Mycoplasma genitalium (MG) is a bacteria that causes non-gonococcal urethritis. It is a sexually transmitted infection. There are developing problems with antibiotic resistance, particularly with azithromycin.
Most cases of MG do not cause symptoms. The presentation is very similar to chlamydia, and patients may be infected with both organisms. Urethritis is a key feature.
Mycoplasma genitalium infection may lead to:
- Pelvic inflammatory disease
- Reactive arthritis
- Preterm delivery in pregnancy
- Tubal infertility
Traditional cultures are not helpful in isolating MG, as it is a very slow-growing organism. Therefore, testing involves nucleic acid amplification tests (NAAT) to look specifically for the DNA or RNA if the bacteria.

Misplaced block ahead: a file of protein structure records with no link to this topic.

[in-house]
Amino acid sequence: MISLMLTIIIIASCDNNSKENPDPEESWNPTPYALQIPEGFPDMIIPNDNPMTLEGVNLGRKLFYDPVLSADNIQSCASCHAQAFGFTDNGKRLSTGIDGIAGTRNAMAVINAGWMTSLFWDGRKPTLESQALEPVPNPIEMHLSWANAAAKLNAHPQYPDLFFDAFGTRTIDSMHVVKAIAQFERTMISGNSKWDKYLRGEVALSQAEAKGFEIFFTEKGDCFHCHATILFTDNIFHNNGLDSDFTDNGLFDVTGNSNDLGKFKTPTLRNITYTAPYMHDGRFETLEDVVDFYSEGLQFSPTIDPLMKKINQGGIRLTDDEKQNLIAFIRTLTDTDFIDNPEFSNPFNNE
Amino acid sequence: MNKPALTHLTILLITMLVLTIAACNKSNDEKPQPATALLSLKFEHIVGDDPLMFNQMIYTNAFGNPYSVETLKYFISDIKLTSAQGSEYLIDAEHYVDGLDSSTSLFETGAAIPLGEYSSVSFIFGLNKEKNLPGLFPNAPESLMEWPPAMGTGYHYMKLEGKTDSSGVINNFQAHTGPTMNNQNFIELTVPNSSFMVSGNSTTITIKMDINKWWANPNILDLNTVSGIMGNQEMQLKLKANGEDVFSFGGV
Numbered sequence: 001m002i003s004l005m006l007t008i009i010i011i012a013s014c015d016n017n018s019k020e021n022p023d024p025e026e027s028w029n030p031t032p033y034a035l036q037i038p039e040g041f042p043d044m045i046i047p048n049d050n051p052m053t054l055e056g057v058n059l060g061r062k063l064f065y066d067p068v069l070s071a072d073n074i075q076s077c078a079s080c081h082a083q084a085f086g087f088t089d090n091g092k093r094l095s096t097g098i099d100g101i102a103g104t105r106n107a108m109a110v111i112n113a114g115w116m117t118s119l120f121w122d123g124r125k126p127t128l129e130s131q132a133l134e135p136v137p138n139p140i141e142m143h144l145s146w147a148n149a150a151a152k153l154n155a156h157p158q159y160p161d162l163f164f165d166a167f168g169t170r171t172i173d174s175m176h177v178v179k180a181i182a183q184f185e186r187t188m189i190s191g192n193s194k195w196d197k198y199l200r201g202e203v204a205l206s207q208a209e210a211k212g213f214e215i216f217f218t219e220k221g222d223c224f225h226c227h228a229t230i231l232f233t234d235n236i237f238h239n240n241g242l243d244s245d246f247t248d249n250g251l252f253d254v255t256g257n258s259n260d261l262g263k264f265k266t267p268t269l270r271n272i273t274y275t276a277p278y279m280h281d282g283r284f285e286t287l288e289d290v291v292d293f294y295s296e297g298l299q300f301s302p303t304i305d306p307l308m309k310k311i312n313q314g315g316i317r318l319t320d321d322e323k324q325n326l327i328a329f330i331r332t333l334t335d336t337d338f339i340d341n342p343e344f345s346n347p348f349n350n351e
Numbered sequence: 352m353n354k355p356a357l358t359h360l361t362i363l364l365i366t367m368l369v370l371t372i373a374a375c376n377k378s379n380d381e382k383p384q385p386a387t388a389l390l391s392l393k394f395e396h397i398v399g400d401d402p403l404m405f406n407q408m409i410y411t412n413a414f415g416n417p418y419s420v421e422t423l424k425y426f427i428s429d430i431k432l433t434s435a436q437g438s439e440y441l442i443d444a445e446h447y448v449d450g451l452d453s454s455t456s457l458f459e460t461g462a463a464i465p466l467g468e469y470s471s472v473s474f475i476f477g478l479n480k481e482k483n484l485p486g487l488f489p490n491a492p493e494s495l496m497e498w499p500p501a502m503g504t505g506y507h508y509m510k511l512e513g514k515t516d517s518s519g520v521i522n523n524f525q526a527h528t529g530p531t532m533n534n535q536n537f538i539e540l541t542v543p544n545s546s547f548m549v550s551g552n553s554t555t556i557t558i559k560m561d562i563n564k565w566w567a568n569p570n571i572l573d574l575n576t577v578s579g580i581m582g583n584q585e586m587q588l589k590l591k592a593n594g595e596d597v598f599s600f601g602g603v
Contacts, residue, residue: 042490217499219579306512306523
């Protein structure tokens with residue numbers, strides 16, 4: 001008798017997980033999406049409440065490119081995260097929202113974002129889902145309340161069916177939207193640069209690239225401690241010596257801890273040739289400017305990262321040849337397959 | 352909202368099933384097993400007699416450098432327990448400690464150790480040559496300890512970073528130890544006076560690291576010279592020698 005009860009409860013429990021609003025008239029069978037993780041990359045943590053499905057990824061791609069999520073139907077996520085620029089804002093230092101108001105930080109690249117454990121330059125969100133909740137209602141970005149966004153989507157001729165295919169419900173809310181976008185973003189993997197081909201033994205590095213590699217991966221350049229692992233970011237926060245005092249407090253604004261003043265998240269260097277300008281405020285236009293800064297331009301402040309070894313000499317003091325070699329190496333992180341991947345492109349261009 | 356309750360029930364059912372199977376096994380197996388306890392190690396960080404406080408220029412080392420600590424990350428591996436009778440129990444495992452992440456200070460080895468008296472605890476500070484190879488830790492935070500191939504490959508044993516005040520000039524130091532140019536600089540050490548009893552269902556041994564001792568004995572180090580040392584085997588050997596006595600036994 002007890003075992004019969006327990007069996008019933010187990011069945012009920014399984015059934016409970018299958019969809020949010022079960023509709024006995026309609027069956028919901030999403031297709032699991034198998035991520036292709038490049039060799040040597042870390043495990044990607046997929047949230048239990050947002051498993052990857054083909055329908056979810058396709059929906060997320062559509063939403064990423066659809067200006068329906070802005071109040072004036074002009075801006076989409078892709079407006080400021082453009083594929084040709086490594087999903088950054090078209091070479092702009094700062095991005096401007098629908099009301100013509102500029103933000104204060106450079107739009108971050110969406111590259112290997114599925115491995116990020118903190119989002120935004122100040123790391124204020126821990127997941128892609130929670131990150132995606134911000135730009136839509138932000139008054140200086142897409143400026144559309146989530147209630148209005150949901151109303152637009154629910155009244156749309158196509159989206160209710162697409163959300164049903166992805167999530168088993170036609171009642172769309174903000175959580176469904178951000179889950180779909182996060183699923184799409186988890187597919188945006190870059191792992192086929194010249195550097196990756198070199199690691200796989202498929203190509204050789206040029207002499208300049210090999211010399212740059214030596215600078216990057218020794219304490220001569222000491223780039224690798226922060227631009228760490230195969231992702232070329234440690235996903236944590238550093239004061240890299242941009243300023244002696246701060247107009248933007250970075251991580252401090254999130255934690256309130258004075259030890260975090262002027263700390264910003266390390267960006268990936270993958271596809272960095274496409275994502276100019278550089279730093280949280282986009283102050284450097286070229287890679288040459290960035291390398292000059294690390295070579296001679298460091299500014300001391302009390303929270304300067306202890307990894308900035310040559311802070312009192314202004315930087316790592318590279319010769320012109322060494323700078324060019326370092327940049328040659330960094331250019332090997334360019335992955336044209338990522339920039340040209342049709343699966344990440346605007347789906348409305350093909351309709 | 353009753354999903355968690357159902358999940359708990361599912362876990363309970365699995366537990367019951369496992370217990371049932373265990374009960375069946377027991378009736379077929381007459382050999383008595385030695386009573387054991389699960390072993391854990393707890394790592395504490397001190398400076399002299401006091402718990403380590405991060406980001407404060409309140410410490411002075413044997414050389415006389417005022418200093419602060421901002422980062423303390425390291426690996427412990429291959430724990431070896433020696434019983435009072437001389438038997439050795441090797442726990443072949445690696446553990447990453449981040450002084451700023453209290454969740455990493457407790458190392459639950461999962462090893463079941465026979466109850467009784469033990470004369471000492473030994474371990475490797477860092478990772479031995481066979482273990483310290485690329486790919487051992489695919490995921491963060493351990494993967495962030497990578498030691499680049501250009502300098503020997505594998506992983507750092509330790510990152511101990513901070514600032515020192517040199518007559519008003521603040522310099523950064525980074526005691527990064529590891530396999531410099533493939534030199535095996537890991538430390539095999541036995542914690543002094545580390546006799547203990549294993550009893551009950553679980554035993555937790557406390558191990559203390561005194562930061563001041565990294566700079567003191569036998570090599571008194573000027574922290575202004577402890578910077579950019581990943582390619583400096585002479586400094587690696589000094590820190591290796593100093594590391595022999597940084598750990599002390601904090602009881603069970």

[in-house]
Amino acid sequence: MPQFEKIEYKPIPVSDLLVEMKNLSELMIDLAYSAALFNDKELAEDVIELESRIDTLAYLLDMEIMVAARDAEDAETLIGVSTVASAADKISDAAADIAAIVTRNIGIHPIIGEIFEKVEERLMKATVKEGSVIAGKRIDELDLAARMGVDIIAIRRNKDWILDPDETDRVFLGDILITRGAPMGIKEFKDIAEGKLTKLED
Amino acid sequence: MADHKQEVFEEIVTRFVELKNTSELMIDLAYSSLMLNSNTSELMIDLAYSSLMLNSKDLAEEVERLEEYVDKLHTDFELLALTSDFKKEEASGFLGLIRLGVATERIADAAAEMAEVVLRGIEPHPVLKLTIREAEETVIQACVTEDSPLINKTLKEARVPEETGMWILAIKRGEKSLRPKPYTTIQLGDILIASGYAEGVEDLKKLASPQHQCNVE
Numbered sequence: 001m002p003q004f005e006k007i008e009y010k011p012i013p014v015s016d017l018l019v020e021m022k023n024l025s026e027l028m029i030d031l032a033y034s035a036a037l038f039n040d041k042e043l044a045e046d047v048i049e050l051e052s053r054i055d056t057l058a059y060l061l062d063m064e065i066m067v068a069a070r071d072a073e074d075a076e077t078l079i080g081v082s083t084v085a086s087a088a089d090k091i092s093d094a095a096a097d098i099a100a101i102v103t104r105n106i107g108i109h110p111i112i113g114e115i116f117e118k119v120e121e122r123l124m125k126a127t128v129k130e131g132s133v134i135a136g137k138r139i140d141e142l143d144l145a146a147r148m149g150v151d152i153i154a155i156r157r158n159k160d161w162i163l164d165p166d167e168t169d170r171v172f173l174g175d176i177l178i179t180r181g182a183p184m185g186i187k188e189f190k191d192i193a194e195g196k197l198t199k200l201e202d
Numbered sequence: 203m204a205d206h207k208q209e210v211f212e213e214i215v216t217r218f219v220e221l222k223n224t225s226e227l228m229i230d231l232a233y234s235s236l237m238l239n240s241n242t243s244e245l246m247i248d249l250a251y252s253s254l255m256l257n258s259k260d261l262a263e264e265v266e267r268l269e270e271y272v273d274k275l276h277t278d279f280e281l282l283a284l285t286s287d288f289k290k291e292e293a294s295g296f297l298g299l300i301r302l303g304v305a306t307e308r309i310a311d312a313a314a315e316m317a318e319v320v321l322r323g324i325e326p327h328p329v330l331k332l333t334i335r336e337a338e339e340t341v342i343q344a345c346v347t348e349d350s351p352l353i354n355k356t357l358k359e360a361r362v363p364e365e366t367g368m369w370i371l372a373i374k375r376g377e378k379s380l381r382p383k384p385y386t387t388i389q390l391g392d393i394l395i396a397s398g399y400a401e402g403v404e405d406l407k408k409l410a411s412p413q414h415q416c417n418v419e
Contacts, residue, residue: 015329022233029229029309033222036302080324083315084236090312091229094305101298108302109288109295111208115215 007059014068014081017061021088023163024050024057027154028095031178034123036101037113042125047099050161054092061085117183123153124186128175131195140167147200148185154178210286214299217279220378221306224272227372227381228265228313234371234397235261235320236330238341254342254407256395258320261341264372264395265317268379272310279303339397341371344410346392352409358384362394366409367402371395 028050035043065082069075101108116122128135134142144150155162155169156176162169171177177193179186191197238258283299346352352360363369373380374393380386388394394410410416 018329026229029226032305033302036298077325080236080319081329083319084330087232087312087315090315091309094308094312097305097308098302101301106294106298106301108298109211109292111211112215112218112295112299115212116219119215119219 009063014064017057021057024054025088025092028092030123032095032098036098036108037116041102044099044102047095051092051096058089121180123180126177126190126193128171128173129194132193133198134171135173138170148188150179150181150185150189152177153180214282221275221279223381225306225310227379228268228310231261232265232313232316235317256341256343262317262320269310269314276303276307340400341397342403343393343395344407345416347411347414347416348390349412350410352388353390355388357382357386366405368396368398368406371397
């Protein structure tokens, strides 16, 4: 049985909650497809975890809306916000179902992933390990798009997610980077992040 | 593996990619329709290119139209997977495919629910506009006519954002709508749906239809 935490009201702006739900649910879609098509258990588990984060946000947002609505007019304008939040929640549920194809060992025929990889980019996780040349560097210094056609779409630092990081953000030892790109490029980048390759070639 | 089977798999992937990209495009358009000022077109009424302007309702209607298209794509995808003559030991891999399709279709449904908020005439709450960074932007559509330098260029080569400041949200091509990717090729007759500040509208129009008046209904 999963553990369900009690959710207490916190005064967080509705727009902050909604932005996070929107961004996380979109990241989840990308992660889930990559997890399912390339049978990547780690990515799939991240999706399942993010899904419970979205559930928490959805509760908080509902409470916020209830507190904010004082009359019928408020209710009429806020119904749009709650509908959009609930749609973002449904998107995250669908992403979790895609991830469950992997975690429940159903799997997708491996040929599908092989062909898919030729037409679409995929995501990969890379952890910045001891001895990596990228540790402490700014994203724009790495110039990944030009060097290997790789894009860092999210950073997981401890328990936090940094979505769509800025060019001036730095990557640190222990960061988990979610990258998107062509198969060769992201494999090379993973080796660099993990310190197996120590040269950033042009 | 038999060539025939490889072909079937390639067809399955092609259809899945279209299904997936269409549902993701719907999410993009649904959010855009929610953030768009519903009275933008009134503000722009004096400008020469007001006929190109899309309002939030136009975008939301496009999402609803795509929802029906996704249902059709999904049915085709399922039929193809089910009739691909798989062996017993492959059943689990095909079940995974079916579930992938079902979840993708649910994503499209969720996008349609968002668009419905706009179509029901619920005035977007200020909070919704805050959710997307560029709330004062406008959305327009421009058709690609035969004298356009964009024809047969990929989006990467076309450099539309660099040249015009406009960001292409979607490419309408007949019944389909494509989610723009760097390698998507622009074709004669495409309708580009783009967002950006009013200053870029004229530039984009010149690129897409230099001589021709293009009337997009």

The samples recommended by BASHH guidelines (2018) are:
- First urine sample in the morning for men
- Vaginal swabs (can be self-taken) for women
The guideline recommends checking every positive sample for macrolide resistance, and performing a “test of cure” after treatment in every positive patient.
The BASHH guidelines (2018) recommend a course of doxycycline followed by azithromycin for uncomplicated genital infections:
- Doxycycline 100mg twice daily for 7 days then;
- Azithromycin 1g stat then 500mg once a day for 2 days (unless it is known to be resistant to macrolides)
Moxifloxacin is used as an alternative or in complicated infections. Azithromycin alone is used in pregnancy and breastfeeding (remember doxycycline is contraindicated).
Last updated July 2020